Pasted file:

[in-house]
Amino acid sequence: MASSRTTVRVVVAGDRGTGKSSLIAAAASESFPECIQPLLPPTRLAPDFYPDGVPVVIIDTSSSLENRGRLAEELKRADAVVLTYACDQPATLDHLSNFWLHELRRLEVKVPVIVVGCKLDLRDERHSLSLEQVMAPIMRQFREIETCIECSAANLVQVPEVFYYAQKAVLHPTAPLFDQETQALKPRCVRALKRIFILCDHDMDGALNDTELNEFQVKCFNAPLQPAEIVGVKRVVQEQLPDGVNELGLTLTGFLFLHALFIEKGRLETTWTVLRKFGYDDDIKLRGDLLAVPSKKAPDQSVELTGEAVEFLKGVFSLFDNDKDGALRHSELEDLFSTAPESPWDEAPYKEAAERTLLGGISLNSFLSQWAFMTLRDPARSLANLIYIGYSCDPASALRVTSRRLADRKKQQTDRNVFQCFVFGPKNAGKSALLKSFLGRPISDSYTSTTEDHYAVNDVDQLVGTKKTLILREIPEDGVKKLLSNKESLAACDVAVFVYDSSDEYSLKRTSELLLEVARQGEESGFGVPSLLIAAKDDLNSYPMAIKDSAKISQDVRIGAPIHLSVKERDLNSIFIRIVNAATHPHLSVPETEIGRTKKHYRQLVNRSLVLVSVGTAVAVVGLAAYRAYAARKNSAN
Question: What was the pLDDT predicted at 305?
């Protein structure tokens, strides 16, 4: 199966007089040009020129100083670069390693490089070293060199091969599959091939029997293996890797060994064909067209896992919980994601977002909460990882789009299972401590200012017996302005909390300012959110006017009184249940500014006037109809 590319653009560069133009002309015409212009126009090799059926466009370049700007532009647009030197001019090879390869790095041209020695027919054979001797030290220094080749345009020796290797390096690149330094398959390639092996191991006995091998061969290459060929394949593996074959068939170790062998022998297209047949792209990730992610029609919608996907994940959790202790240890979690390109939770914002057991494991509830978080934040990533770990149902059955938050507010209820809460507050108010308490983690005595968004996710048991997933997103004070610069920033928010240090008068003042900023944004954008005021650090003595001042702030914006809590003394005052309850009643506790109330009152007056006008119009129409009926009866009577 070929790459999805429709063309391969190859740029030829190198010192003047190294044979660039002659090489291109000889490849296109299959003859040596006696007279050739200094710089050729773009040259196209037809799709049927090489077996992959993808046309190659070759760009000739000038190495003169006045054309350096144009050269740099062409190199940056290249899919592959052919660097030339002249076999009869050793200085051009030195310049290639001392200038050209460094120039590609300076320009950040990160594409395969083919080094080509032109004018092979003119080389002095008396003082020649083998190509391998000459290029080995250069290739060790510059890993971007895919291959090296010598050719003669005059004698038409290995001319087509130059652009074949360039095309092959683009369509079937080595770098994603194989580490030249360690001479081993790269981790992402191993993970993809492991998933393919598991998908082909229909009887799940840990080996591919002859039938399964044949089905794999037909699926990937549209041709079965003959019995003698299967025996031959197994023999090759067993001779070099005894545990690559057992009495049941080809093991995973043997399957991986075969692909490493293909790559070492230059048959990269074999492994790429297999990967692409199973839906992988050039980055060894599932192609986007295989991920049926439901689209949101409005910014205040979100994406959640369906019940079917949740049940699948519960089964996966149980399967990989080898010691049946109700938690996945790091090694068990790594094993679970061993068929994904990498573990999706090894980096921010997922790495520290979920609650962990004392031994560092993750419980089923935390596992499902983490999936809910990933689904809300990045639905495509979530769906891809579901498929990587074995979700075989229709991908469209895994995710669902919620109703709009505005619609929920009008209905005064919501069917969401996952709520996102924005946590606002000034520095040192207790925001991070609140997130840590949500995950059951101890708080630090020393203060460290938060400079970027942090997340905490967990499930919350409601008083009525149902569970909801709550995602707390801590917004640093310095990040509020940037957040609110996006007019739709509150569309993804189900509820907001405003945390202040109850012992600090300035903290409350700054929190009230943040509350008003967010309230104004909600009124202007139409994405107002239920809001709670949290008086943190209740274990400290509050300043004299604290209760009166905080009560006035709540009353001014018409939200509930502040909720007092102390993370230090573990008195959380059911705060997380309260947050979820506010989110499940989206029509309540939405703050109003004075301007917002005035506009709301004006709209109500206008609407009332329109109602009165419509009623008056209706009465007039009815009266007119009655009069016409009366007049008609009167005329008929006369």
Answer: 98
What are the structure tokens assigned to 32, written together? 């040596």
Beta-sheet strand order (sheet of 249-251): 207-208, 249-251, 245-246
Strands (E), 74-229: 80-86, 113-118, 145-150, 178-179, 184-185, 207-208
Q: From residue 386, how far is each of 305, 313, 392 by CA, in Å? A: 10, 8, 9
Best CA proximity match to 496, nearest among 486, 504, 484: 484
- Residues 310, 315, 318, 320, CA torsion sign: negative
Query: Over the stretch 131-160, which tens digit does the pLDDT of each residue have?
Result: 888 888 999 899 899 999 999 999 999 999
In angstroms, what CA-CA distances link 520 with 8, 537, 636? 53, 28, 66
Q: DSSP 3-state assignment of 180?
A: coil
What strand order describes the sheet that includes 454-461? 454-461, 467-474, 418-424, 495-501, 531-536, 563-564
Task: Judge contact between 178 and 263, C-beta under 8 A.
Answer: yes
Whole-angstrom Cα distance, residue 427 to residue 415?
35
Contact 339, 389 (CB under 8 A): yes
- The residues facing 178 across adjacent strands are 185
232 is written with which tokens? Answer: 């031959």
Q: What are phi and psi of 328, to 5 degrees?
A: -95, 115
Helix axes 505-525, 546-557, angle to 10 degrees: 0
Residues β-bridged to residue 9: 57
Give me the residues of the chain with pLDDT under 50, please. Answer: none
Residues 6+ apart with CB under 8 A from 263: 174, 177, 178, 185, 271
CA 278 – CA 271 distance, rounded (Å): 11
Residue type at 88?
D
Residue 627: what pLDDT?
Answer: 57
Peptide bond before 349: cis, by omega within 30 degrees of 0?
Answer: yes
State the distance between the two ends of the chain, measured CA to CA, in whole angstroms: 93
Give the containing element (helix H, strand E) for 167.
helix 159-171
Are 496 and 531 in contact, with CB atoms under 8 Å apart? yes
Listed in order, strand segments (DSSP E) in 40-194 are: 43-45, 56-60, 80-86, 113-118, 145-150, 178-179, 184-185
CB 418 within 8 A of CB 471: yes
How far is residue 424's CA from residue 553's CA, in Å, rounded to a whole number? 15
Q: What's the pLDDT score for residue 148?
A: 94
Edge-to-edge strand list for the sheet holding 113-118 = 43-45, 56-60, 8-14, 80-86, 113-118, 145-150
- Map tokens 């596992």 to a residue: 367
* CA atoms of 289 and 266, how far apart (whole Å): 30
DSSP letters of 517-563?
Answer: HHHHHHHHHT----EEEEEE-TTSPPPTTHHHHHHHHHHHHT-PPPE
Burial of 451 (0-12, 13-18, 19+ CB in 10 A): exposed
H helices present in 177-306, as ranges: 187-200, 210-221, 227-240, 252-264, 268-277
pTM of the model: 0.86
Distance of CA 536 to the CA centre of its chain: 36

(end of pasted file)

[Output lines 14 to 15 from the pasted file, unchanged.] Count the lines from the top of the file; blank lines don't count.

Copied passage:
In angstroms, what CA-CA distances link 520 with 8, 537, 636? 53, 28, 66
Q: DSSP 3-state assignment of 180?